- If the lamb still isn’t tender, cover and cook for another 20 minutes or as long as it takes for the lamb to be falling off the bone.
Reprinted with permission from “Oaxaca: Home Cooking From the Heart of Mexico” by Bricia Lopez with Javier Cabral. Photography © 2019 by Quentin Bacon.
Grilled Ginger Chicken With Shoyu Tare
30 minutes. Serves 2 to 4.
This is a nice chicken dish I make using shoyu tare (soy sauce-based seasoning). The skin here comes out super crispy and the meat is very tender — a beautiful contrast. I like to make a large batch of shoyu tare and use it for dipping sauces and for seasoning noodle soups and braised dishes. Serve the chicken as a topping for your grain bowl or as a part of your bento box. To get ginger juice, grate 3 inches ginger on a Microplane into a bowl, then press on the fibers with a spoon to extract and pour off the juice.
- 4 boneless skin-on chicken thighs
- ½ teaspoon sea salt
- 1 tablespoon ginger juice (see note above)
- 1 tablespoon untoasted or toasted sesame oil
- ¼ cup (60 ml) shoyu tare (see recipe below)
- Position the top rack of your oven about 7 inches (17 cm) from the broiler and preheat the broiler. Line a rimmed baking sheet with aluminum foil.
- Make ½-inch (12 mm) slits on the meaty side of each chicken thigh, about 2 inches (5 cm) apart. Sprinkle the salt over the meat and rub it all over with the ginger juice and oil. Spread the thighs on the baking sheet, skin side down.
- Broil the thighs until they start to brown lightly, about 3 minutes, then start basting with the shoyu tare. Let the chicken brown some more and then baste again, repeating a few more times at 2-minute intervals. Allow 8 to 9 minutes cooking time on the meat side before you flip the chicken.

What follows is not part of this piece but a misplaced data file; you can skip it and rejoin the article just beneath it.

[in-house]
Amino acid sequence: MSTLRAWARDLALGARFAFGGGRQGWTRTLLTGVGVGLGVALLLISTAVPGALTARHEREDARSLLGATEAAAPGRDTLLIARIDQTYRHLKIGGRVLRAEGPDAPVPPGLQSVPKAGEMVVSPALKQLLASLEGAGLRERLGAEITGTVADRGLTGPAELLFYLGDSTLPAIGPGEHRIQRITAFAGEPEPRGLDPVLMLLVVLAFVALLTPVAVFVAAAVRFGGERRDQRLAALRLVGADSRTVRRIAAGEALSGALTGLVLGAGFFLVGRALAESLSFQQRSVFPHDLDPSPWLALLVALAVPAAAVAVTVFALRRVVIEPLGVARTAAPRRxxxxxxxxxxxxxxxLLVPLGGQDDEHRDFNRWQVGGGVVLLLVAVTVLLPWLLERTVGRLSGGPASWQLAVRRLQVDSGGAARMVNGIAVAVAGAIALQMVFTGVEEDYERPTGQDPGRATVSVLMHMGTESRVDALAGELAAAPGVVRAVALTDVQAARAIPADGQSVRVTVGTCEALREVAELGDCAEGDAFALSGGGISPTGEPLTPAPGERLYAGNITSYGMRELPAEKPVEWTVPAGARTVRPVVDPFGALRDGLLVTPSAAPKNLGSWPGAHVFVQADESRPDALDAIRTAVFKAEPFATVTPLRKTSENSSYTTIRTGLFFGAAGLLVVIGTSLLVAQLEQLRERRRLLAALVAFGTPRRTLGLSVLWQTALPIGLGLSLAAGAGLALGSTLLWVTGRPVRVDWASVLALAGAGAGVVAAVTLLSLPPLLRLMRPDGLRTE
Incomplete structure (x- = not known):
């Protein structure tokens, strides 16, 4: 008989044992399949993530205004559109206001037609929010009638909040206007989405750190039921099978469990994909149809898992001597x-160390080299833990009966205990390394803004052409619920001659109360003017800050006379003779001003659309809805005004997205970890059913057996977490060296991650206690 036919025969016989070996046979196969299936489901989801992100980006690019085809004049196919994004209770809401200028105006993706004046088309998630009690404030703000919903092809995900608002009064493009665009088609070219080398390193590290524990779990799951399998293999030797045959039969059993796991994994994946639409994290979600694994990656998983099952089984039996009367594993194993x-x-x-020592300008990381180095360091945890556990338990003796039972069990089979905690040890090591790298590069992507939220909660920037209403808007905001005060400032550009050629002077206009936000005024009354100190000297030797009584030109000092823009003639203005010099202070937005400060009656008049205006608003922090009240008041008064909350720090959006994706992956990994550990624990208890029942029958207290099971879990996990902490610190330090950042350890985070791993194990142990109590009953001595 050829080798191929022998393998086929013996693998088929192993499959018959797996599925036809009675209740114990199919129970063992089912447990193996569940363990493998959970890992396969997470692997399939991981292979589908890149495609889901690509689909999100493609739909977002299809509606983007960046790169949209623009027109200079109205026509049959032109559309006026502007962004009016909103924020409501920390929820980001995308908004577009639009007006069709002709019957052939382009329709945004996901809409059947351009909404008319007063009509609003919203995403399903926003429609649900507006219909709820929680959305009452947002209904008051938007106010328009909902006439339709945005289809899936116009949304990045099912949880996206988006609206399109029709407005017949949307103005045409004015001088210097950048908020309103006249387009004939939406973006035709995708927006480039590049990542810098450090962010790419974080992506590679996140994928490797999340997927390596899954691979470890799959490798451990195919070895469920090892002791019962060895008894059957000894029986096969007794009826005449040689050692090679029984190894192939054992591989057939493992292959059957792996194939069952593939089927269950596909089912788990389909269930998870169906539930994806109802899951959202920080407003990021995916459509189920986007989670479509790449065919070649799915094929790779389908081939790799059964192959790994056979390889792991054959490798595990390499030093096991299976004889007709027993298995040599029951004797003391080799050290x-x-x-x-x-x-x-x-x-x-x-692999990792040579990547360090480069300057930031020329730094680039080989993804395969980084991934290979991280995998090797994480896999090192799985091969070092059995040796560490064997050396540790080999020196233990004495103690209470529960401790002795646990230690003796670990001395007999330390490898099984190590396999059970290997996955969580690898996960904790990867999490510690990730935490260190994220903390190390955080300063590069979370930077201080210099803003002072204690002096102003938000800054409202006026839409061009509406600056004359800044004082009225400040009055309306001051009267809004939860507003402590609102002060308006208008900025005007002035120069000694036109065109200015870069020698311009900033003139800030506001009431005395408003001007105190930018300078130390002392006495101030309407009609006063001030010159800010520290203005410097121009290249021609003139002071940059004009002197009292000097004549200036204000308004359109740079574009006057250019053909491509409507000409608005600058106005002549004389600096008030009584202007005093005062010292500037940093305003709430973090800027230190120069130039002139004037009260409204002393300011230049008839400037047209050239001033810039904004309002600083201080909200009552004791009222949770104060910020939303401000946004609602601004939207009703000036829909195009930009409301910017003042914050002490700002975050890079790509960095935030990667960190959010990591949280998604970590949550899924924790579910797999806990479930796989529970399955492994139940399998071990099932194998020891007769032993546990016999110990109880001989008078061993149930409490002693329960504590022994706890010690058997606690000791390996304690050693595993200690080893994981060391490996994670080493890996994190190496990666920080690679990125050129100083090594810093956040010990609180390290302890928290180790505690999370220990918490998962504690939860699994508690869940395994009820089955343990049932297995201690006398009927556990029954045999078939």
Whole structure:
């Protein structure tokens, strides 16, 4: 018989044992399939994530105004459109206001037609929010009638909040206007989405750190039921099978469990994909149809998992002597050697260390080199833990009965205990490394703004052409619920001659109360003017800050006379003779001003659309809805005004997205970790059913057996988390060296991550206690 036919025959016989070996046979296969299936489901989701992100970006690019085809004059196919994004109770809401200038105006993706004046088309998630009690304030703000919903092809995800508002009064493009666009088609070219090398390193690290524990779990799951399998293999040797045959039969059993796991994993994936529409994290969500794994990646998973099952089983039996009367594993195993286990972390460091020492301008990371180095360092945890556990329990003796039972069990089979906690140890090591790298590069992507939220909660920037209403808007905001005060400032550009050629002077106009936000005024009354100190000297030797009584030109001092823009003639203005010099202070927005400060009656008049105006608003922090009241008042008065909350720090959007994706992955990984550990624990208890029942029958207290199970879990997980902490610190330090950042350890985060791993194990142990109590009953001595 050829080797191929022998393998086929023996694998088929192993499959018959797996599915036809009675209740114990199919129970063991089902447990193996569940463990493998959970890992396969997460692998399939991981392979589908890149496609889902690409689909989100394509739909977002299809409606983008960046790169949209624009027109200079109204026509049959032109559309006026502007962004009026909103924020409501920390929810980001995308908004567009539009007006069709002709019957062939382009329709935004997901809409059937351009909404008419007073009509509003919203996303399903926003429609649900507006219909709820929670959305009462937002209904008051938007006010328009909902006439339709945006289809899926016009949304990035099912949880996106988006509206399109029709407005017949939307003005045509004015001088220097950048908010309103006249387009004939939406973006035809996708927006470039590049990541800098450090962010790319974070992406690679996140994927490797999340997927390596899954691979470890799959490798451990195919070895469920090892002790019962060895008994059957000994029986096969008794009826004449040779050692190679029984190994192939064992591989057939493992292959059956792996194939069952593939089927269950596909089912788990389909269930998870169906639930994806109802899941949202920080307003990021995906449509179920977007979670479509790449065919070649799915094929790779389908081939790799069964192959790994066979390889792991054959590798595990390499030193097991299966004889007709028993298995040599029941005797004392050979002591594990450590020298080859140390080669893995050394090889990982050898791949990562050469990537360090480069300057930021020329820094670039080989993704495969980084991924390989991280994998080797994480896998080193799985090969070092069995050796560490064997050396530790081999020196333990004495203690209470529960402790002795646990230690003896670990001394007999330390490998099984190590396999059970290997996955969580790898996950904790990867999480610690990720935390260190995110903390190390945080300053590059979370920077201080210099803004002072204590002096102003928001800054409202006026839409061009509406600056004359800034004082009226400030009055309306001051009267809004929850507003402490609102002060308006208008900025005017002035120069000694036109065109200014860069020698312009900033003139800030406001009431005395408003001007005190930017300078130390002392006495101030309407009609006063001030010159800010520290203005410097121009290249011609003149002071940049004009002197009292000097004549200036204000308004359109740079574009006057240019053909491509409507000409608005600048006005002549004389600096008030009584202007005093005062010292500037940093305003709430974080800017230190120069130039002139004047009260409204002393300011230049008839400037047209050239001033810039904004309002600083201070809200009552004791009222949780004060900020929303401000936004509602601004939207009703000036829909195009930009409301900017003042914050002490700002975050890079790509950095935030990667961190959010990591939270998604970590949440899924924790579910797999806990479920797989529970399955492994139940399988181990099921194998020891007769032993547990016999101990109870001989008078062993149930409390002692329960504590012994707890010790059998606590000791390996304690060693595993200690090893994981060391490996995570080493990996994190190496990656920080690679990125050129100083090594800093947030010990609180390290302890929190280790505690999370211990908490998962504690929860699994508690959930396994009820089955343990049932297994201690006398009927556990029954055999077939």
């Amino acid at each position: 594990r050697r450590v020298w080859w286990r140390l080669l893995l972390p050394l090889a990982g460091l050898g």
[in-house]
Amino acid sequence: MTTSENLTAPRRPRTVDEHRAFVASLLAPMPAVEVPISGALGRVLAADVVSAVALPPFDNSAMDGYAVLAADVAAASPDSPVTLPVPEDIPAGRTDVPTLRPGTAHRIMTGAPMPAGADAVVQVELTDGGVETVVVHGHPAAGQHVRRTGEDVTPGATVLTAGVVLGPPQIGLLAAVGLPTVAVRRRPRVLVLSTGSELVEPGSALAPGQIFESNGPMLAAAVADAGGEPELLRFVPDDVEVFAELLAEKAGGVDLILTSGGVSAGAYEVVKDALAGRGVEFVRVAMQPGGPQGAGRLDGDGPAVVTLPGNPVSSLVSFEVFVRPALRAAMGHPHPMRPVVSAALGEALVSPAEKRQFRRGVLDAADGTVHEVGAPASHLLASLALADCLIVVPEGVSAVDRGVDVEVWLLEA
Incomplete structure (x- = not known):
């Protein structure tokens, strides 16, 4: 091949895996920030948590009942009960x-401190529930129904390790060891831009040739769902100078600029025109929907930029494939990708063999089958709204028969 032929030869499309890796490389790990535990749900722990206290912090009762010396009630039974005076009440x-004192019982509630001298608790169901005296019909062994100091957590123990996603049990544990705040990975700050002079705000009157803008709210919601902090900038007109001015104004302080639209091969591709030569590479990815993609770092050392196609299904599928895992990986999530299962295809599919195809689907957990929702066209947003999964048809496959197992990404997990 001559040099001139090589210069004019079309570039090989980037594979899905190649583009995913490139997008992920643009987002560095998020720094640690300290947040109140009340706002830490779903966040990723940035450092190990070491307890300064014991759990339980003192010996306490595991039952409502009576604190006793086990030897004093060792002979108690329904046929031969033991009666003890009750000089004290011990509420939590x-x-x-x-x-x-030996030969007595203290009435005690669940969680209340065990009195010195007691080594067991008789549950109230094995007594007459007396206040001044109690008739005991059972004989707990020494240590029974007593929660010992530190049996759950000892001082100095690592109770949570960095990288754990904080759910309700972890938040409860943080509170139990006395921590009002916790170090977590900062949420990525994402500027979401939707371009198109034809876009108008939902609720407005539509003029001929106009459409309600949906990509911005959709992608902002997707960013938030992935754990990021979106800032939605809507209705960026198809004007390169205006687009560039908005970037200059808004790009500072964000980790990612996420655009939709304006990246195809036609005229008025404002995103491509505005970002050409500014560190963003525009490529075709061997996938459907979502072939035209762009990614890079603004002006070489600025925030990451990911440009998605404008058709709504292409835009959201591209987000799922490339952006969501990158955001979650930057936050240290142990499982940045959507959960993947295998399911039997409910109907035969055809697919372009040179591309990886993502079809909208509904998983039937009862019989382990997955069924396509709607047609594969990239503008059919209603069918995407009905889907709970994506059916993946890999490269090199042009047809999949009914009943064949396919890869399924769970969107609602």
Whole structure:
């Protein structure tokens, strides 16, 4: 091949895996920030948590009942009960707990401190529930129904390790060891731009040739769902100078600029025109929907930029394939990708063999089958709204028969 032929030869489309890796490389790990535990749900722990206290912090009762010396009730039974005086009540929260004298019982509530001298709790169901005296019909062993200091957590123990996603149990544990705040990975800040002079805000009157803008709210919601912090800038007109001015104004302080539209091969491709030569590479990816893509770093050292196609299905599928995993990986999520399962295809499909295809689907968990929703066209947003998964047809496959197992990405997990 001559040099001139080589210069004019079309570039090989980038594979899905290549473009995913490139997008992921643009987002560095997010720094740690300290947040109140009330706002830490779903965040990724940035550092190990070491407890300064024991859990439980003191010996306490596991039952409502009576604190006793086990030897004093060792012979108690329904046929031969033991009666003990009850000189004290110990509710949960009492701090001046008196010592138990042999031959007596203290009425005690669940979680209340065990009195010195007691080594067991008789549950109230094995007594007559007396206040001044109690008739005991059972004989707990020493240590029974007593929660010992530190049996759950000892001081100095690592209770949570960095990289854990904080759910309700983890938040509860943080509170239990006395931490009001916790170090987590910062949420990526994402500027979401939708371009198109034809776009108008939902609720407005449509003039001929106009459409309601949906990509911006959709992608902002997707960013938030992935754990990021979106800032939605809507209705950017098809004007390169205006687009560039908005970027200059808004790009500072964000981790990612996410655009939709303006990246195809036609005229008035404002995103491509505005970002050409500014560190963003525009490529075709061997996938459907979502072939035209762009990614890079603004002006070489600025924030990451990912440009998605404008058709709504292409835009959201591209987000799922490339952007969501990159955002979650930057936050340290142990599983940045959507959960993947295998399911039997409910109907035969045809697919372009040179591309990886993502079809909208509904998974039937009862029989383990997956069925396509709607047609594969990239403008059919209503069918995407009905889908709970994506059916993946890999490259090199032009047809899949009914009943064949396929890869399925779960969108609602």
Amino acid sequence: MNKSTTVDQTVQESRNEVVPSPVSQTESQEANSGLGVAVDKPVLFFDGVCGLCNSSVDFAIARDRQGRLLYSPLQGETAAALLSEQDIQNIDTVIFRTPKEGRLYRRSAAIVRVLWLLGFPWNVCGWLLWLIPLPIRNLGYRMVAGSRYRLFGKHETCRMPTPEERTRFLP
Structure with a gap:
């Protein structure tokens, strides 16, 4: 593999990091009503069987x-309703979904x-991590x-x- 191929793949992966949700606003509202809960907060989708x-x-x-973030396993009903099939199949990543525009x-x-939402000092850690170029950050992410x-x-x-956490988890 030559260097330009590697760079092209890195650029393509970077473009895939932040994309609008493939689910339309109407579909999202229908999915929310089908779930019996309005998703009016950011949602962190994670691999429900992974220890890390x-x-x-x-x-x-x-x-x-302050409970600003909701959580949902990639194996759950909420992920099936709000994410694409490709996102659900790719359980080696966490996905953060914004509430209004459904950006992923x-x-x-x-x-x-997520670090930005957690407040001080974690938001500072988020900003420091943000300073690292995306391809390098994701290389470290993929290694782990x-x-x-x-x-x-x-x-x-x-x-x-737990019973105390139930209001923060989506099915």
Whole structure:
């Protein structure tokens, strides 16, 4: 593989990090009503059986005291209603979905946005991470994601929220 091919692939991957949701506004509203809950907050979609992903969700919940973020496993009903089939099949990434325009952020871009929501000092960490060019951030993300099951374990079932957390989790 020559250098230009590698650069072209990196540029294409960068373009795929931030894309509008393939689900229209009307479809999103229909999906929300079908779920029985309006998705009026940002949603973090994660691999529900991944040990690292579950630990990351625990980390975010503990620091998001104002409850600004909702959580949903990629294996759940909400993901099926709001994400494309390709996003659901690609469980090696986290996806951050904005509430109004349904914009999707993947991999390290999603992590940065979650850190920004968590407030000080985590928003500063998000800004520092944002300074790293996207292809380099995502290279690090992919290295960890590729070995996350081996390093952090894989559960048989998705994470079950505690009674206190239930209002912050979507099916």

- Turn the chicken over so it is skin side up. Baste again with shoyu tare and broil until the skin is browned and crispy and the chicken is cooked and no longer pink inside, about 2 minutes. Do not flip, or the skin will lose its crispness. Remove from the oven and let the chicken rest for 3 to 5 minutes, then slice it crosswise 1 inch (2.5 cm) thick and serve.
Makes about 2 cups.
- ⅓ cup plus 1 tablespoon (80 ml) mirin (hon mirin, not mirin-type)
- 3 tablespoons cane sugar
- 2 cups (480 ml) soy sauce or usukuchi shoyu (light-colored soy sauce)
Combine the mirin and sugar in a small saucepan, place over medium heat, and stir to dissolve the sugar completely. Lower the heat, add the soy sauce, and heat until it starts to simmer, about 3 minutes. Remove from heat and set aside to cool to room temperature. Store in a nonreactive container in a cool, dry place or in the refrigerator, where it will keep for up to 3 months.
From “Japanese Home Cooking” by Sonoko Sakai © 2019 Sonoko Sakai. Photographs © 2019 by Rick Poon. Reprinted in arrangement with Roost Books, an imprint of Shambhala Publications, Boulder, Colo.